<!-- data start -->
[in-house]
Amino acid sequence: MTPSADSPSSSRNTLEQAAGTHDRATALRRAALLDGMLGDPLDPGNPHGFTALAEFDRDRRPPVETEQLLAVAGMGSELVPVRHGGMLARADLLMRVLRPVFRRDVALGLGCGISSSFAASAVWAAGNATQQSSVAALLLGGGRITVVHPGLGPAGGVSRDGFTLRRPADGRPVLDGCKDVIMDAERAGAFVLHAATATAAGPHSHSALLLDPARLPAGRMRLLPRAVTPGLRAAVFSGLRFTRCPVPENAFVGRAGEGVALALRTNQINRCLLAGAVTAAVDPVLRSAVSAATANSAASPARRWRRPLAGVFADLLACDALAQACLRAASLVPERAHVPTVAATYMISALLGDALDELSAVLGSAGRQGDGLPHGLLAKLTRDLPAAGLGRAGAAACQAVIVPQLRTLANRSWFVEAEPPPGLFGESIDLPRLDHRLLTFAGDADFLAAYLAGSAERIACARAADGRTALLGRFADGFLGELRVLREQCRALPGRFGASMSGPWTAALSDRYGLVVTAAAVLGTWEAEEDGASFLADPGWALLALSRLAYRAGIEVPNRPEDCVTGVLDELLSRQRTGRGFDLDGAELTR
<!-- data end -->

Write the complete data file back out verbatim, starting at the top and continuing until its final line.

[in-house]
Amino acid sequence: MTPSADSPSSSRNTLEQAAGTHDRATALRRAALLDGMLGDPLDPGNPHGFTALAEFDRDRRPPVETEQLLAVAGMGSELVPVRHGGMLARADLLMRVLRPVFRRDVALGLGCGISSSFAASAVWAAGNATQQSSVAALLLGGGRITVVHPGLGPAGGVSRDGFTLRRPADGRPVLDGCKDVIMDAERAGAFVLHAATATAAGPHSHSALLLDPARLPAGRMRLLPRAVTPGLRAAVFSGLRFTRCPVPENAFVGRAGEGVALALRTNQINRCLLAGAVTAAVDPVLRSAVSAATANSAASPARRWRRPLAGVFADLLACDALAQACLRAASLVPERAHVPTVAATYMISALLGDALDELSAVLGSAGRQGDGLPHGLLAKLTRDLPAAGLGRAGAAACQAVIVPQLRTLANRSWFVEAEPPPGLFGESIDLPRLDHRLLTFAGDADFLAAYLAGSAERIACARAADGRTALLGRFADGFLGELRVLREQCRALPGRFGASMSGPWTAALSDRYGLVVTAAAVLGTWEAEEDGASFLADPGWALLALSRLAYRAGIEVPNRPEDCVTGVLDELLSRQRTGRGFDLDGAELTR